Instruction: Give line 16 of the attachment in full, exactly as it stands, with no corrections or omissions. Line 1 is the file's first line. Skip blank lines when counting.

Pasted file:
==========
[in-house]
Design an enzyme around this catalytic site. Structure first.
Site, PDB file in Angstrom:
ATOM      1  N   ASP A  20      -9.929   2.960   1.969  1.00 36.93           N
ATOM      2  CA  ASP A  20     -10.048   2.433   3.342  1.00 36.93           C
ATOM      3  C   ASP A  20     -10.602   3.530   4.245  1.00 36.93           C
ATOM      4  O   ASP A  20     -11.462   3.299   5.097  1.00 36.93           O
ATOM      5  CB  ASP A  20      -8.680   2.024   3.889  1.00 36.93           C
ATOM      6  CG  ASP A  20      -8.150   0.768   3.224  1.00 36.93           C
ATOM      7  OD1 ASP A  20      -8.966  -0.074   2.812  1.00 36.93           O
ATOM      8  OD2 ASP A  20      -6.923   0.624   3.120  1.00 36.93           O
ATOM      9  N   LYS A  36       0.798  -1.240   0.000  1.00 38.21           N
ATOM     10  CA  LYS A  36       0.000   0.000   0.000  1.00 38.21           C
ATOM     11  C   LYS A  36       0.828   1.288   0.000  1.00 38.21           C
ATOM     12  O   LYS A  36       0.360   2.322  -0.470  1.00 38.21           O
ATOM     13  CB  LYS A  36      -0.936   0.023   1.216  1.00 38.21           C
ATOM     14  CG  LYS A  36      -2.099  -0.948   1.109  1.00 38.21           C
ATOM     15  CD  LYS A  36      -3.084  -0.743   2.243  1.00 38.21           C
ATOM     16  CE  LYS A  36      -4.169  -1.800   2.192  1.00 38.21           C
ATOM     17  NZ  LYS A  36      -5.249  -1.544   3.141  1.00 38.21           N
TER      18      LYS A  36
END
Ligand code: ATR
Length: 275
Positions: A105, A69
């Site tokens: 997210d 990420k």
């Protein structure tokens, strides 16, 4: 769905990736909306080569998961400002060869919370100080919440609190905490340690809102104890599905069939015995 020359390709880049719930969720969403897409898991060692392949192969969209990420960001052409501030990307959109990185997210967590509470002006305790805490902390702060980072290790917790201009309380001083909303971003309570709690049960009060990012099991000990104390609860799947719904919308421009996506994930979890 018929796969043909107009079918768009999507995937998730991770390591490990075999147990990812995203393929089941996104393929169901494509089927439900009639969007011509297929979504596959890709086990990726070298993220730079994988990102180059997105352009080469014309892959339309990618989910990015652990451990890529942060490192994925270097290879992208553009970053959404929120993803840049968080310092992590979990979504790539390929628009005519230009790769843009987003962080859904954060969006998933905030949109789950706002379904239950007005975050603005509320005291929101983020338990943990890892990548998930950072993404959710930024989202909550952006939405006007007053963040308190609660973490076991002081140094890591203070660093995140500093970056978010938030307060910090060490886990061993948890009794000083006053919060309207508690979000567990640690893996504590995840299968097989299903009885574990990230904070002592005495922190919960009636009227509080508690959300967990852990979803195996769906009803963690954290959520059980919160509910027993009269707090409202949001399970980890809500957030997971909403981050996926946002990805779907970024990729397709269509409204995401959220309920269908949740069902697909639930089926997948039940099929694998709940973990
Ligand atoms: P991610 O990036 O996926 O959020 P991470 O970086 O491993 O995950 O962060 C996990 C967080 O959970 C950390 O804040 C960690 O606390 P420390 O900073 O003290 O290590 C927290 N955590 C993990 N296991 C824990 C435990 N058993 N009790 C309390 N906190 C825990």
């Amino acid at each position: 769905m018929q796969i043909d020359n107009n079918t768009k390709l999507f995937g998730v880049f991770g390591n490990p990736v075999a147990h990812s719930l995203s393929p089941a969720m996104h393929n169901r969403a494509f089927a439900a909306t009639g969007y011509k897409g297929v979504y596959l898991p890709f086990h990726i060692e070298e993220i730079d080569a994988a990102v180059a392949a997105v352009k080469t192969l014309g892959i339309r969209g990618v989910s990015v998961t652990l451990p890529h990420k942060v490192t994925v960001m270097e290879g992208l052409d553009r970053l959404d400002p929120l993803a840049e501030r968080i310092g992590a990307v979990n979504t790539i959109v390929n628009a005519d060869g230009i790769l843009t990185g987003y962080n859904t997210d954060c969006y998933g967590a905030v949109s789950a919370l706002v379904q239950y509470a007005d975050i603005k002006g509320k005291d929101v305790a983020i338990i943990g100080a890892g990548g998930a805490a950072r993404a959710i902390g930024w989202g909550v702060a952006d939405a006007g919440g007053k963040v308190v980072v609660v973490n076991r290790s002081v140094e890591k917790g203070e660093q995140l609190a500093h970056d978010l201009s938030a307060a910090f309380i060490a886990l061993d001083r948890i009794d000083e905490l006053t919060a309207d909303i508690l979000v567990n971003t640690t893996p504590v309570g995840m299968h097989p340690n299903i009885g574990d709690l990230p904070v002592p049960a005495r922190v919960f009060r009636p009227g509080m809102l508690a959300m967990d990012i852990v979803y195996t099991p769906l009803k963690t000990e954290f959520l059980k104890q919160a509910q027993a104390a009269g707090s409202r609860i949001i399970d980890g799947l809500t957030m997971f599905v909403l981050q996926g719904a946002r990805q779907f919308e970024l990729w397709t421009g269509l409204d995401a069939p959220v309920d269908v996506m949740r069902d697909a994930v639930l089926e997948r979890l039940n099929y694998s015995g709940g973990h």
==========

ATOM     13  CB  LYS A  36      -0.936   0.023   1.216  1.00 38.21           C